Our dealer conference on June 4, which saw a record number of delegates listen to 20 speakers, experts and panellists – itself a record in the event’s five-year history – revealed how our certainties so often provide the best grounds for debate.
One of the topics at Autoretailing – AM’s G20 as I like to see it – looked at used car retailing strategies when the market had shown such a lack of consistency towards the end of last year, leaving dealers with little certainty about returns on used car sales, stock levels and the right mix of vehicles to offer.
Speaker Adrian Rushmore, managing editor of Glass’s Guide, said he had not experienced those kind of fluctuations in more than 20 years in the industry.
As dealers grapple with understanding and maximising future used car demands, another market phenomenon is developing to keep the best minds in the industry taxed and analysts talking: scrappage.
As the scheme was announced in the Budget there were doubts aired almost immediately on the lack of take-up of the scheme from the people it was targeting.
“Owners of 10-year-old cars cannot afford to pay the difference between the scrappage contribution and the price of a new car,” was one of the most common warnings.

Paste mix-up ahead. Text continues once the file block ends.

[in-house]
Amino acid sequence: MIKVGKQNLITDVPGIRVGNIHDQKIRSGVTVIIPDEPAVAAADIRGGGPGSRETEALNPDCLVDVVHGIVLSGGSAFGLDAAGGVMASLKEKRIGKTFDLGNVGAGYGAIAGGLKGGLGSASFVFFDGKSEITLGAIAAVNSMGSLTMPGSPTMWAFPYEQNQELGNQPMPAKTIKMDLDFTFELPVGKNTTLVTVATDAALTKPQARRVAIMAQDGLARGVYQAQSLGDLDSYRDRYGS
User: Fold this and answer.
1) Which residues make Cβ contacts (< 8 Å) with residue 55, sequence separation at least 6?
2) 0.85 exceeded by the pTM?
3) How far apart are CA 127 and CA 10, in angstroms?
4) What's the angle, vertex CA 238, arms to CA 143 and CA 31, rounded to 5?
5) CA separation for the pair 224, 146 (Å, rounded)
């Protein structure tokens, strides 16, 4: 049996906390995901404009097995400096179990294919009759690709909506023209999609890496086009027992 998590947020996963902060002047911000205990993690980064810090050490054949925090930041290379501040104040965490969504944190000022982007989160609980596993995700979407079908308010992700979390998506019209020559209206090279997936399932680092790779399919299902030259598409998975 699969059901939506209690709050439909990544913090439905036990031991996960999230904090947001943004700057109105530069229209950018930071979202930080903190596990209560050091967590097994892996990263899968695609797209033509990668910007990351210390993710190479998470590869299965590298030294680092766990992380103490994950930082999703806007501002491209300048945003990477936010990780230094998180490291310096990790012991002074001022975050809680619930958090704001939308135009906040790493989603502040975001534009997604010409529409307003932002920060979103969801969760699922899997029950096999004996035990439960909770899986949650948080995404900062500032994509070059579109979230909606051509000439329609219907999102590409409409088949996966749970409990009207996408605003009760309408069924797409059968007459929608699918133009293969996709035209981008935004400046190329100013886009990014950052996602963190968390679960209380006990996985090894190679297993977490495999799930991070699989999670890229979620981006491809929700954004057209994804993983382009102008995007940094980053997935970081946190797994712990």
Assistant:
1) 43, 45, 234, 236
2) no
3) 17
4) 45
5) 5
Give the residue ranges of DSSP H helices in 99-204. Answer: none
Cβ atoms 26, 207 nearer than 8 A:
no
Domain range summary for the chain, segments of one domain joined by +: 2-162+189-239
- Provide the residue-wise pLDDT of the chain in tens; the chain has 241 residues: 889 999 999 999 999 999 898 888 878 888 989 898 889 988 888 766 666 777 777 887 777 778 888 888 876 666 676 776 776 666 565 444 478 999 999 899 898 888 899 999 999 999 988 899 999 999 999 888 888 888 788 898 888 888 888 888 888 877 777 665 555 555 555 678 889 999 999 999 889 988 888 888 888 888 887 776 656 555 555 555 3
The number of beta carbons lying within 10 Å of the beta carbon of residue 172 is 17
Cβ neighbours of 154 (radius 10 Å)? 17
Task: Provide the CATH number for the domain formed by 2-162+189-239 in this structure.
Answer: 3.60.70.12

Another assertion I heard from a dealer was that the scrappage scheme was bringing in “poor people”, who asked if they could pay for the coffee in the dealerships they hadn’t been inside for at least 10 years.
But I’ve also heard from other dealers that, with many scrappage customers, there are no concerns about their finances – they’re “cash rich” and using money lying idle in savings accounts.
The age profile and wishlist of many of these customers either sees them replacing the scrappage car in their family and pushing their older cars ‘down the food chain’, or purchasing with their children in mind.
Chris Hayden, chairman and chief executive of Ford Retail, told me this week: “We can predict nothing of what scrappage will bring to the showroom - we simply have to be prepared for everyone the scheme brings to our showrooms.”
The only certainty is uncertainty and uncertainty brings opportunity.